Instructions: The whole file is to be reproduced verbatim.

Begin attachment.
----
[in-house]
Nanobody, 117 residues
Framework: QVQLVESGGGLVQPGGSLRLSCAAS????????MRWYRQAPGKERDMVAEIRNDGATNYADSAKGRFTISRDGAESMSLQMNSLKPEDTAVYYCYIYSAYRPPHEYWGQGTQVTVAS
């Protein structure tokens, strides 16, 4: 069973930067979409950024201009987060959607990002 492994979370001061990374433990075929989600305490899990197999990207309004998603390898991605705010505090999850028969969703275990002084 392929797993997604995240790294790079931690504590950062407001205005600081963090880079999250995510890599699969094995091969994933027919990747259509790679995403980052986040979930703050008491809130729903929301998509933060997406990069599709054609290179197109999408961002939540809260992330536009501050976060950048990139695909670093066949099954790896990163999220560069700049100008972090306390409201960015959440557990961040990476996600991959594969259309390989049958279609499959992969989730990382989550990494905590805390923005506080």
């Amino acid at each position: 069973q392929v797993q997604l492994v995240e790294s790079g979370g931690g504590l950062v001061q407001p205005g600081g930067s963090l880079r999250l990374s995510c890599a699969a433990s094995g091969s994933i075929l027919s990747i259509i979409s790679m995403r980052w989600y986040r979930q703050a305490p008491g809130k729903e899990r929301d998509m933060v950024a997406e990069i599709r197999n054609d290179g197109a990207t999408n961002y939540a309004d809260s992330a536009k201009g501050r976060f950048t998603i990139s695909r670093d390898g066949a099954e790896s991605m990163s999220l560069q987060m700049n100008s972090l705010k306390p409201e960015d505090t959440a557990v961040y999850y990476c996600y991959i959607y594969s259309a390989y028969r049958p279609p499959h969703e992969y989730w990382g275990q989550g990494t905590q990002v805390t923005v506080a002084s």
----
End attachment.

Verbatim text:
[in-house]
Nanobody, 117 residues
Framework: QVQLVESGGGLVQPGGSLRLSCAAS????????MRWYRQAPGKERDMVAEIRNDGATNYADSAKGRFTISRDGAESMSLQMNSLKPEDTAVYYCYIYSAYRPPHEYWGQGTQVTVAS
């Protein structure tokens, strides 16, 4: 069973930067979409950024201009987060959607990002 492994979370001061990374433990075929989600305490899990197999990207309004998603390898991605705010505090999850028969969703275990002084 392929797993997604995240790294790079931690504590950062407001205005600081963090880079999250995510890599699969094995091969994933027919990747259509790679995403980052986040979930703050008491809130729903929301998509933060997406990069599709054609290179197109999408961002939540809260992330536009501050976060950048990139695909670093066949099954790896990163999220560069700049100008972090306390409201960015959440557990961040990476996600991959594969259309390989049958279609499959992969989730990382989550990494905590805390923005506080």
């Amino acid at each position: 069973q392929v797993q997604l492994v995240e790294s790079g979370g931690g504590l950062v001061q407001p205005g600081g930067s963090l880079r999250l990374s995510c890599a699969a433990s094995g091969s994933i075929l027919s990747i259509i979409s790679m995403r980052w989600y986040r979930q703050a305490p008491g809130k729903e899990r929301d998509m933060v950024a997406e990069i599709r197999n054609d290179g197109a990207t999408n961002y939540a309004d809260s992330a536009k201009g501050r976060f950048t998603i990139s695909r670093d390898g066949a099954e790896s991605m990163s999220l560069q987060m700049n100008s972090l705010k306390p409201e960015d505090t959440a557990v961040y999850y990476c996600y991959i959607y594969s259309a390989y028969r049958p279609p499959h969703e992969y989730w990382g275990q989550g990494t905590q990002v805390t923005v506080a002084s």